Amherst College Department of German Presents
The German Film Series
Thursdays at 4:00 and 7:30 pm, Stirn Auditorium, Amherst College
(in German with English subtitles)
September 13: Good Bye, Lenin! (Wolfgang Becker, 2003; 118 min.)
Award winning international smash hit comedy about the hilarious complications that arise when a young East Berliner, trying to protect his mother—an ardent communist who went into a coma in the fall of 1989—sets out to maintain the illusion that East Germany continues to exist, in their own little apartment.
October 4: In weiter Ferne, so nah! (Faraway, So Close!, Wim Wenders, 1993; 146 min.)
Nastassja Kinski, Willem Dafoe, and Peter Falk star in this sequel to Der Himmel über Berlin (Wings of Desire). Find out what happens when angel Cassiel (Otto Sander) renounces eternal life to join his friend, ex-angel Damiel (Bruno Ganz), and Marion (Solveig Dommartin) in post-unification Berlin, only to get caught up in a web of organized crime.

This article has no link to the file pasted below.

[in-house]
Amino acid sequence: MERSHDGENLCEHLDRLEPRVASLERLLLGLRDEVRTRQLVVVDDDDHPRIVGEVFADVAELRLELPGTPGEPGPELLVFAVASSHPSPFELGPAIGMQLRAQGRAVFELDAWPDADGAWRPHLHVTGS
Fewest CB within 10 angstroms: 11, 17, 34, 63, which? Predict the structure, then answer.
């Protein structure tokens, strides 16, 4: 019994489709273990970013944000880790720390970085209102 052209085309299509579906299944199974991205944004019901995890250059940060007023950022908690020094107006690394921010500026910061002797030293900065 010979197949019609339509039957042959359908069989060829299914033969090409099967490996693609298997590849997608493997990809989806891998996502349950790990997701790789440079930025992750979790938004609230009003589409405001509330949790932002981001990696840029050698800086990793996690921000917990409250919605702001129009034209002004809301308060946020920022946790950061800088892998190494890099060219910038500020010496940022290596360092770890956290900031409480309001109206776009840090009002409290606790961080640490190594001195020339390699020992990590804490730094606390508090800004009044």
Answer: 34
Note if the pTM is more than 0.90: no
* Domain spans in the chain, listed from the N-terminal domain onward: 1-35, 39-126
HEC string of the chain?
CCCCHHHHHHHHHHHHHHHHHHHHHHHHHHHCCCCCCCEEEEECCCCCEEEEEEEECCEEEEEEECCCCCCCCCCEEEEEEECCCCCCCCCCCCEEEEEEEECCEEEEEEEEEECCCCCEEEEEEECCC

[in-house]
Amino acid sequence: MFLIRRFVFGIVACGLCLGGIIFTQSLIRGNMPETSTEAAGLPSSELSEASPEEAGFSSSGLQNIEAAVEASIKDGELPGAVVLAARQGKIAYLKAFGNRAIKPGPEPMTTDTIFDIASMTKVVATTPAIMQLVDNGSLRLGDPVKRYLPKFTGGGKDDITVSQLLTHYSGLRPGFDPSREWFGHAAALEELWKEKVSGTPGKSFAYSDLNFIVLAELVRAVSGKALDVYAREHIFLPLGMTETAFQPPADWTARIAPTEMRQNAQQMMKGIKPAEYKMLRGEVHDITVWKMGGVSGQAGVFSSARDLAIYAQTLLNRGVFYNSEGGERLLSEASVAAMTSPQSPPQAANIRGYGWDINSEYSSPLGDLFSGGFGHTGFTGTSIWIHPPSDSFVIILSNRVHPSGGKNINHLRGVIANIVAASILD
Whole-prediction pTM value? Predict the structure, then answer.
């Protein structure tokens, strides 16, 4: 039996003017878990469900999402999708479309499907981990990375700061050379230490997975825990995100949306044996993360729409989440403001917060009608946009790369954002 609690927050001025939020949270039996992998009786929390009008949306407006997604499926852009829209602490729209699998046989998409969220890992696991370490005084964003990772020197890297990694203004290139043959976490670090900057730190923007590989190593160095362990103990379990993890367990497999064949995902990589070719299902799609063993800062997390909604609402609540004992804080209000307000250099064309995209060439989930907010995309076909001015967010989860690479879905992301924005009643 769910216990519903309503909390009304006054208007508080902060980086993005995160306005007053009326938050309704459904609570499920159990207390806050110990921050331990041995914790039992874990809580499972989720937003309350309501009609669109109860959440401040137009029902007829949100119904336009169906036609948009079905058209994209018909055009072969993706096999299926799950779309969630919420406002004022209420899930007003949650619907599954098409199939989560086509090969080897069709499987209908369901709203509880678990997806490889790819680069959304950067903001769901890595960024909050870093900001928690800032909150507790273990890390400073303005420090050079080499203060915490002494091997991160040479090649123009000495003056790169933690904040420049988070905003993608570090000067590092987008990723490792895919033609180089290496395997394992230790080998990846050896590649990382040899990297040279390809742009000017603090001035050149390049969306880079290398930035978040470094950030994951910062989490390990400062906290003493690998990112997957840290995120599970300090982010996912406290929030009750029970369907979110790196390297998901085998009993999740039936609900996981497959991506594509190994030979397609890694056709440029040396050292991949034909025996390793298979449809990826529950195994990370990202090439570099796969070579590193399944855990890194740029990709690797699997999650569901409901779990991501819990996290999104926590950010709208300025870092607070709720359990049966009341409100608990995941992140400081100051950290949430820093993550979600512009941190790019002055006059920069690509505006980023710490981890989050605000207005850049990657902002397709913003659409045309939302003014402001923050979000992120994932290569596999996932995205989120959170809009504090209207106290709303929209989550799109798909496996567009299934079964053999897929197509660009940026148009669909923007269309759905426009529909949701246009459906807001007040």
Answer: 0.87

October 18: Die Reise nach Kafiristan (The Journey to Kafiristan, Fosco & Donatello Dubini, 2001;101 min.)
Docudrama about two women who leave their home in Switzerland to journey together to Kabul, Afghanistan, in 1939, when Europe is on the brink of war. Based on the lives of Annemarie Schwarzenbach, a socialite and writer, and Ella Maillart, an ethnologist and photographer.
November 8: Soul Kitchen (Fatih Akin, 2009; 100 min.)
What to do when the woman you love runs off to China? Well, of course you take action by converting a run-down dive in a funky neighborhood into a swanky restaurant, enlisting the help of your brother, a small-time crook. A real estate mogul has different ideas for the place, and regulars clash with the new hipster clientele in this gritty, deadpan multi-cultural comedy.
November 29: Aimée & Jaguar (Max Färberböck, 1998; 126 min.)
Based on a true story, this historical drama, set in wartime Berlin, centers on the unlikely romance that develops when Lilly Wust (Juliane Köhler), the dutiful wife of a Nazi soldier, meets free-spirited Felice Schragenheim (Maria Schrader), who happens to be Jewish.